For more details and tickets please follow this link http://tinyurl.com/cotton-on-booking

Hope to see you there!

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Exciting partnerships in South Africa

South Africa is one of the strongest economies in Southern Africa – and provides economic shelter for many in the region – through jobs, skills transfer and trade. Yet it is at cross-roads. Numerous Government poverty alleviation strategies since 1994 have not been effective enough to stem the rising tide of poverty, and the gap between rich and poor is now larger than ever.

One of the stumbling blocks to success in the country is the shortage of appropriate skills – and in particular skills that support growth and development at grassroots level.

Shared Interest Foundation has a long established relationship with South African based consultancy Fetola Mmoho and we have teamed up to develop training modules and capacity building work to address these issues within small craft businesses throughout the country.

This expanded small business development programme is based on a model which connects locally owned & managed community craft shops to tourism routes. It will help crafts people to step up the value chain from their traditional role as producers to the more lucrative role of retailer. The creation of successful community craft shops will increase the proportion of sales income to the local communities, thus improving impact in these rural areas.

The expanded programme will provide selected groups and individuals with practical and applied craft retail skills. The sustainable business development outcomes are

  1. Community Owned Retail Businesses
    1. Black ownership up the supply chain
    2. Job creation – in the shop and through growth of the local supply chain
    3. Income Generation – including higher (retail) profit margins
  2. Personal development & empowerment of communities, especially vulnerable – women, the rural poor and youth, through
    1. Skills development
    2. Personal Development including personal Financial management
    3. Local economic opportunity

So far we have completed and piloted three out of the 6 training module’s with the remaining three well on there way to completion.

This is an extremely exciting partnership for the Foundation and we hope to expand on this project in the coming years.

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Swimming the length of the English Channel

Dear Friends,

As many of you already know Shared Interest Foundation does some amazing work in order to help people in the developing world work their way out of poverty.  This work, whether it be a small grant to pay for an organisation to attend a trade fair or an intensive three year training course changes poeples lives. It empowers them to break out of the poverty cycle. I would like to share one such story with you.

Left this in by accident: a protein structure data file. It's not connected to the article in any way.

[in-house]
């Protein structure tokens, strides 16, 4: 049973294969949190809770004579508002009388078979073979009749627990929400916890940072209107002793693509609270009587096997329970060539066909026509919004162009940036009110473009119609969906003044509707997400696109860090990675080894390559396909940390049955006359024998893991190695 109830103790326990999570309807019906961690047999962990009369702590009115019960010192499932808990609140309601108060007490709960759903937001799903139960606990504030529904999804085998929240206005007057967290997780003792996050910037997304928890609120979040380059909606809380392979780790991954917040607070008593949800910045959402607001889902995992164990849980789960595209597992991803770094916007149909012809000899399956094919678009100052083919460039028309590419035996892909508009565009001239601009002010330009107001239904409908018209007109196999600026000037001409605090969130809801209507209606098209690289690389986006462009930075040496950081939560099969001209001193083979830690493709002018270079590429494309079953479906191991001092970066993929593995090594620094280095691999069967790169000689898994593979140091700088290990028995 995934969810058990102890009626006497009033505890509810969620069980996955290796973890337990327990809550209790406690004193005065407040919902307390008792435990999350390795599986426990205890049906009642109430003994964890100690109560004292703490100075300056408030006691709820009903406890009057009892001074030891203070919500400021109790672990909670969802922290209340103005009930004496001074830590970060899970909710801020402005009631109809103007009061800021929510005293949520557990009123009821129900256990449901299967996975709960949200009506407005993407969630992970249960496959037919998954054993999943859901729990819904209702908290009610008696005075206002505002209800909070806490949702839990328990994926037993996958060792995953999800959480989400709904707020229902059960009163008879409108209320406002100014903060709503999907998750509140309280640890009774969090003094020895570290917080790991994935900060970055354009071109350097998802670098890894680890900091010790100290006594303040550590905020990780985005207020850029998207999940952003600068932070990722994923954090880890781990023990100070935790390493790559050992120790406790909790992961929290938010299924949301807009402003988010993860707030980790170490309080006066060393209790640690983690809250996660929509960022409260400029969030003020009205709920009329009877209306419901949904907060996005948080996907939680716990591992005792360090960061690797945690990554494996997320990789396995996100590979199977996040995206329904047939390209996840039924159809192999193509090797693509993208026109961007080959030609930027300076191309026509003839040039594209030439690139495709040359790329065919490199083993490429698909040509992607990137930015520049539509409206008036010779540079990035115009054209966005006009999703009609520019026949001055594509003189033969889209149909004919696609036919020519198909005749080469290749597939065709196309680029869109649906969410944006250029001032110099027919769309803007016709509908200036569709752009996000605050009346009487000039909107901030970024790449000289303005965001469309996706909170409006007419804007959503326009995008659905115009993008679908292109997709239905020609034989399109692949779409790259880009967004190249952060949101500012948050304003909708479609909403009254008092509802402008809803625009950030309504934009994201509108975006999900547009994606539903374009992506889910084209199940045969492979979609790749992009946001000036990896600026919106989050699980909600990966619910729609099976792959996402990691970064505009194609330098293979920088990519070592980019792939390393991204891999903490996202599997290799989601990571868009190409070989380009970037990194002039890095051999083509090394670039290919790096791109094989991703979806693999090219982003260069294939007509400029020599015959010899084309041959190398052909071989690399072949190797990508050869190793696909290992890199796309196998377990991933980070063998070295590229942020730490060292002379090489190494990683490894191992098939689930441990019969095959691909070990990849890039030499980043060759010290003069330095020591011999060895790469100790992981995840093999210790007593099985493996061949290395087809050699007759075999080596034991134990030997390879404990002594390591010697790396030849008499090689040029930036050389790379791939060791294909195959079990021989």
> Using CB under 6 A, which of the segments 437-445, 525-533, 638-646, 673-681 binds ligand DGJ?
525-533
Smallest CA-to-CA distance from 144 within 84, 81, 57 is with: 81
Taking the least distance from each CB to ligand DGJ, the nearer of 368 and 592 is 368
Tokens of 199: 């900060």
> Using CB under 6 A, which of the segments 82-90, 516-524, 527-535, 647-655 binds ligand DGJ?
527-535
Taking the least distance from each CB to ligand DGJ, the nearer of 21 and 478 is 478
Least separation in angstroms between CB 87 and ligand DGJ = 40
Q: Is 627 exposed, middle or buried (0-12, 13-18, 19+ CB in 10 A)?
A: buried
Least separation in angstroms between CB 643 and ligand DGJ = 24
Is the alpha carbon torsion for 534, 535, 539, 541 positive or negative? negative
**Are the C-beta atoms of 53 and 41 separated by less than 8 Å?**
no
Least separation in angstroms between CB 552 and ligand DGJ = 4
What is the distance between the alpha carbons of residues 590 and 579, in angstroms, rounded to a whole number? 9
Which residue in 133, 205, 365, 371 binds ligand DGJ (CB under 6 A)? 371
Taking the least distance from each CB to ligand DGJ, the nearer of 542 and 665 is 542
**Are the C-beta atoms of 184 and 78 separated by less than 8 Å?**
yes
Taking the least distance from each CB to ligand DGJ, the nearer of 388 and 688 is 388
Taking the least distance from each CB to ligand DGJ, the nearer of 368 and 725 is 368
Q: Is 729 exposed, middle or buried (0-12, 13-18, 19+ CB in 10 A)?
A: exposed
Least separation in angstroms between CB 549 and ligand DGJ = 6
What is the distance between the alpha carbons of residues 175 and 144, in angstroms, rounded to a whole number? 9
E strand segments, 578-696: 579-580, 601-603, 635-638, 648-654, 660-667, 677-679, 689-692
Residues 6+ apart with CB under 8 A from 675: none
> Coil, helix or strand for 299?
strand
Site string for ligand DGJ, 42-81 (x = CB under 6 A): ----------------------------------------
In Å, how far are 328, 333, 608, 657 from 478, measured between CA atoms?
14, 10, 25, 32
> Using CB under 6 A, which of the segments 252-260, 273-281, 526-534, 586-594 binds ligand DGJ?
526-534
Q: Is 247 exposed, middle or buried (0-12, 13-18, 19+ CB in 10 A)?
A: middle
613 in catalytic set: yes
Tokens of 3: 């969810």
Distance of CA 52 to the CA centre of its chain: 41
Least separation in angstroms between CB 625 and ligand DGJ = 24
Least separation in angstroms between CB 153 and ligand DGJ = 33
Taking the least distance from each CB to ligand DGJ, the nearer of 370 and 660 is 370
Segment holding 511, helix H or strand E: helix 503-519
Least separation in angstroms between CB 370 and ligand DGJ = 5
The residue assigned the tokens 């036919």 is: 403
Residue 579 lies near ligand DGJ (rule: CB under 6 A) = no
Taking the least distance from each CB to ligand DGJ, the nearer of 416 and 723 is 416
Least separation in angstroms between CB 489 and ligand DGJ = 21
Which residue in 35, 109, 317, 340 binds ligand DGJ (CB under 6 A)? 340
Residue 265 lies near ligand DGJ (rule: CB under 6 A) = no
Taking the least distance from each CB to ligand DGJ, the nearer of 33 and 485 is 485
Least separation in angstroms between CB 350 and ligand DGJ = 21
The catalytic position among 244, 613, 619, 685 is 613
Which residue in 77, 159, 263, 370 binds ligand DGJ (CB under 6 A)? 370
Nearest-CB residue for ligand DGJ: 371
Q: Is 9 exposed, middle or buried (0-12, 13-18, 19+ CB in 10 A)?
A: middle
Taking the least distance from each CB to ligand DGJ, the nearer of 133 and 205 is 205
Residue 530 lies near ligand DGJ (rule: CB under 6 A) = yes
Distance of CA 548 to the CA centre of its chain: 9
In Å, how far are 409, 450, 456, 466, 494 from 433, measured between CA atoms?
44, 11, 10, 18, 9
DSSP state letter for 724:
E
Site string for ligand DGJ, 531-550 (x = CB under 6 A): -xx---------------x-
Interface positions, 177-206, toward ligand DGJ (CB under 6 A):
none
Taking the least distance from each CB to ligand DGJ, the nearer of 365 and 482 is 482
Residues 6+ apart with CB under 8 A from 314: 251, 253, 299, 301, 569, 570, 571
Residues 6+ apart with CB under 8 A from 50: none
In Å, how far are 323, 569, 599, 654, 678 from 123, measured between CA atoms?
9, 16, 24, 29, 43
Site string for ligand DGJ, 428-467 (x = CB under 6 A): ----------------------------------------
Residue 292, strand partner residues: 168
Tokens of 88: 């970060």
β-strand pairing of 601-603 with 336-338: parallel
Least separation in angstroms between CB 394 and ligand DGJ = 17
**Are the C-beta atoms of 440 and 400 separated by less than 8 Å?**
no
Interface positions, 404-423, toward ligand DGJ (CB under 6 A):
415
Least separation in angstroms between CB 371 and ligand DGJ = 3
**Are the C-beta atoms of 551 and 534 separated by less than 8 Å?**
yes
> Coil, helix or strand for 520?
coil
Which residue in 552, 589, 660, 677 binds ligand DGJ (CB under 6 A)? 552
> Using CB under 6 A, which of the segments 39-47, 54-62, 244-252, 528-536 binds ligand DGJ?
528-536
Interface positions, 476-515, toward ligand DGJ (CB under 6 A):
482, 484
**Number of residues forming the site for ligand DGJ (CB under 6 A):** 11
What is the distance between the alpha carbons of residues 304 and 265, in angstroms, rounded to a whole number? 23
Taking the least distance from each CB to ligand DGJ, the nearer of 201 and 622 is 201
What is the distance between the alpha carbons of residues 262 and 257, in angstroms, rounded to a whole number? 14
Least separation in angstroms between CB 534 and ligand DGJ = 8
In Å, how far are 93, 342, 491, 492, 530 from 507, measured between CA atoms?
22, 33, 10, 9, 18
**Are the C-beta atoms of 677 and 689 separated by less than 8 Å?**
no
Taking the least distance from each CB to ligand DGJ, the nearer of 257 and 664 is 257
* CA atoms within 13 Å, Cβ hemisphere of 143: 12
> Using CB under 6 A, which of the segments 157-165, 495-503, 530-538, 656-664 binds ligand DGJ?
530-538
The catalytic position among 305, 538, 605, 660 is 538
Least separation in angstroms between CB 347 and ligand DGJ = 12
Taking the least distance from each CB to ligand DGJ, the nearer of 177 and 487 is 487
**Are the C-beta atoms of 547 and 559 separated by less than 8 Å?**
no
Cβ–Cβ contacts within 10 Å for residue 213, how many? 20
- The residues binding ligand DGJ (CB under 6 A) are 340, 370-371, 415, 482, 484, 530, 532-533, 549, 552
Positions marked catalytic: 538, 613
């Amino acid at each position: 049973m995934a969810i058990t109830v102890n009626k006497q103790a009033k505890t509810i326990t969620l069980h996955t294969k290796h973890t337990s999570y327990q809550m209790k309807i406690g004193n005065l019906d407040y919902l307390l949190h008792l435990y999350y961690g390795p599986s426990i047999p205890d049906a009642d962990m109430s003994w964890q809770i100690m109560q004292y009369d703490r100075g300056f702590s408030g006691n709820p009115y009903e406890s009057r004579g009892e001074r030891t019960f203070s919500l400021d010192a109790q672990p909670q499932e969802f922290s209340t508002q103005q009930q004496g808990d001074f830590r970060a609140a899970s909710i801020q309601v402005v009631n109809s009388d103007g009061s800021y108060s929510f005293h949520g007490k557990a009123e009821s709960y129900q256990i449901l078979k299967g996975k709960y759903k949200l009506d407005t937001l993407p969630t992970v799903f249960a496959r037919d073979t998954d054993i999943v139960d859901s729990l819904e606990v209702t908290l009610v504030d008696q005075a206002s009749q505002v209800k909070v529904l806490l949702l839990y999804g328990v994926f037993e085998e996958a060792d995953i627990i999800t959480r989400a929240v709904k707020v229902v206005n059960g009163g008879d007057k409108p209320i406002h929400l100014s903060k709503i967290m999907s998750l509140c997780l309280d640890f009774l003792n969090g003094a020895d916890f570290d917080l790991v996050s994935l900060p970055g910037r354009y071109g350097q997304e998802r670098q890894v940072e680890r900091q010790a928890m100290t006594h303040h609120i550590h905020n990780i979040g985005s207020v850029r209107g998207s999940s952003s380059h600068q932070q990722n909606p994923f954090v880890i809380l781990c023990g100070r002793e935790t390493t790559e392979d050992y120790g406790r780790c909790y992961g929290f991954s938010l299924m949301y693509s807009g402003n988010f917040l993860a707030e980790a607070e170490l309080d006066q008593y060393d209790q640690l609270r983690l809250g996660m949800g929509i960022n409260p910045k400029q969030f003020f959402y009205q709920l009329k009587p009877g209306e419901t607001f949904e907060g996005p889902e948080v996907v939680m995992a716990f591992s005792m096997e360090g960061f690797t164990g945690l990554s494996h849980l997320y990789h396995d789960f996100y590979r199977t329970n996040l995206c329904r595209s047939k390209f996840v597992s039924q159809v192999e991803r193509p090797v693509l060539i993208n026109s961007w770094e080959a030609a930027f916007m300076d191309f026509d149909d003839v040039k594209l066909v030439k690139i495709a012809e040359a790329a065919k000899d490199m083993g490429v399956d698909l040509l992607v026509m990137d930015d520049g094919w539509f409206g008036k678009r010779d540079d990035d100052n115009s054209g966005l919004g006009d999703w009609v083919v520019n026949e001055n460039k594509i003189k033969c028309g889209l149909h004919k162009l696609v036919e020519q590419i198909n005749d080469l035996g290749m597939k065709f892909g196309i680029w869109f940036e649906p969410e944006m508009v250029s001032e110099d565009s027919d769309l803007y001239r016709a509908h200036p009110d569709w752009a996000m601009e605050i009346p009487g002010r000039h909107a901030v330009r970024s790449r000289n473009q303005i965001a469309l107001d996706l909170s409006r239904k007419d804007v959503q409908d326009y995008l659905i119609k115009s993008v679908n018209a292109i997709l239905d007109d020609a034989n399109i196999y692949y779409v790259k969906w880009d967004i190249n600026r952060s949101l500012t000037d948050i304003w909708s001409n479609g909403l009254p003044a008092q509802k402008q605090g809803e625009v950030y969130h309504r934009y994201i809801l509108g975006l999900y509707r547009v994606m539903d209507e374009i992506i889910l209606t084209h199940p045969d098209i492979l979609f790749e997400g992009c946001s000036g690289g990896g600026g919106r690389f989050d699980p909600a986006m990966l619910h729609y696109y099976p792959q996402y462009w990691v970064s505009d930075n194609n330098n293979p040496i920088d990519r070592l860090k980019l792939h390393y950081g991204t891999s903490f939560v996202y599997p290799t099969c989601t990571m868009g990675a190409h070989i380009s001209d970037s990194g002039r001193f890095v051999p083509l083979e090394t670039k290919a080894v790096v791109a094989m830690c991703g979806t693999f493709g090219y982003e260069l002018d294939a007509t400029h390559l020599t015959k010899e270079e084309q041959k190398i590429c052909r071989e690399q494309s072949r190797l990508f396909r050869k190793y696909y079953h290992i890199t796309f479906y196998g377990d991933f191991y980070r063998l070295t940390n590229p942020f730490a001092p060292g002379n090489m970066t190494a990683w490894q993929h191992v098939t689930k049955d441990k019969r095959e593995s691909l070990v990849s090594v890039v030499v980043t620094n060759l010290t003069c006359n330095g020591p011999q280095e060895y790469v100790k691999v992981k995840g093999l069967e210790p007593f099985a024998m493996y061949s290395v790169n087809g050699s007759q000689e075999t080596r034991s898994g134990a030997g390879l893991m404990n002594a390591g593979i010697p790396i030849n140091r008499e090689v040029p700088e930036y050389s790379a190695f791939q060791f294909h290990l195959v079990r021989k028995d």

Theoneste once lived with his two parents, 2 younger brothers, and 2 younger sisters. His parents were farmers with some land and cattle. In 1994, he lost both of his parents, his 8 year old brother, and the family’s cattle. Theoneste was forced to care for his younger brother and two sisters who needed food, clothing, and education. In his own words “I was 10 and I had to grow up and provide for my family as none was left even in my extended family to take care of us.” He was able to finish primary school but could not continue his studies with all of his responsibilities. So, Theoneste began to farm his parents’ land but soon sold it off piece by piece to survive the days.

Since working for Cards from Africa he has been able to provide for his 20 year old brother, Charles, and his 15 year old sister, Rachel. His 13 year old sister was adopted by another family when they lost their parents. For his two younger siblings, Theoneste is able to give them food, clothes, and school materials. In addition, through working with others in his same condition, he has been able to regain a sense of trust as well as a hope for the future. On a practical level, he has learned how to save money and problem solve wisely. In the future Theoneste would like to learn English, French, and go to music school to perform his gift (the guitar).

We would love to help more poeple like Theoneste achieve their true potential, however this can only be achieved with your help and this is where the swimming come into it.

I will be swimming the length of the channel in only 4 weeks to support more poeple like Rachel. I will swim 22 miles which equates to 35,405 metres, which is a whopping 1416 lengths of a 25m pool.

So to do the maths for you….that amounts to 354 lengths per weekfor 4 weeks. Which is a bit of a step up from my current 30 lengths per week!

I will start this challenge on the 1st May and will be providing short updates on here to chart my progress.

I would be really grateful if you would support this worthwhile cause – remember that every little bit helps!

Thank you for visiting my fundraising page,

http://www.justgiving.com/andreawilkinsonchannelswimming

Andrea x

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Namayiana - Fair Trade Producer Visit Click here to learn how you can invest in fair trade.